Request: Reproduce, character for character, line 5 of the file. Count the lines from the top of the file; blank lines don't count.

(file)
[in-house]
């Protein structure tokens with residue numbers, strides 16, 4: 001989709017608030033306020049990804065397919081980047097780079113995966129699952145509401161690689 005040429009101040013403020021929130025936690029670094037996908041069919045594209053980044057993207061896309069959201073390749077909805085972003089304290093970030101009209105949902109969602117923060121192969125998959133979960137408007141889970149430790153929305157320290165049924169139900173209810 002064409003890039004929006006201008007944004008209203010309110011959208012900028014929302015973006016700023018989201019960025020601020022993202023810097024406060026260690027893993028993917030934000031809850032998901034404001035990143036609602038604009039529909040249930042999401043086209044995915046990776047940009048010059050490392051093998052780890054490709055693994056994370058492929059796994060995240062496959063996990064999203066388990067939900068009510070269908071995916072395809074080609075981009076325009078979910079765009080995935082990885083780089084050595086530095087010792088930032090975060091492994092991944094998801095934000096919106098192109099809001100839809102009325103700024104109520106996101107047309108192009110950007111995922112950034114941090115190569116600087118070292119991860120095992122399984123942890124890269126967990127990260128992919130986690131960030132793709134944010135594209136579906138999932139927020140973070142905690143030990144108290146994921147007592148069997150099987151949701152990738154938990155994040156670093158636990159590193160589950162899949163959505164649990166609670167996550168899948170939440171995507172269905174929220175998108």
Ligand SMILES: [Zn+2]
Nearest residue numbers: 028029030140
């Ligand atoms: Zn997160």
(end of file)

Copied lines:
């Ligand atoms: Zn997160």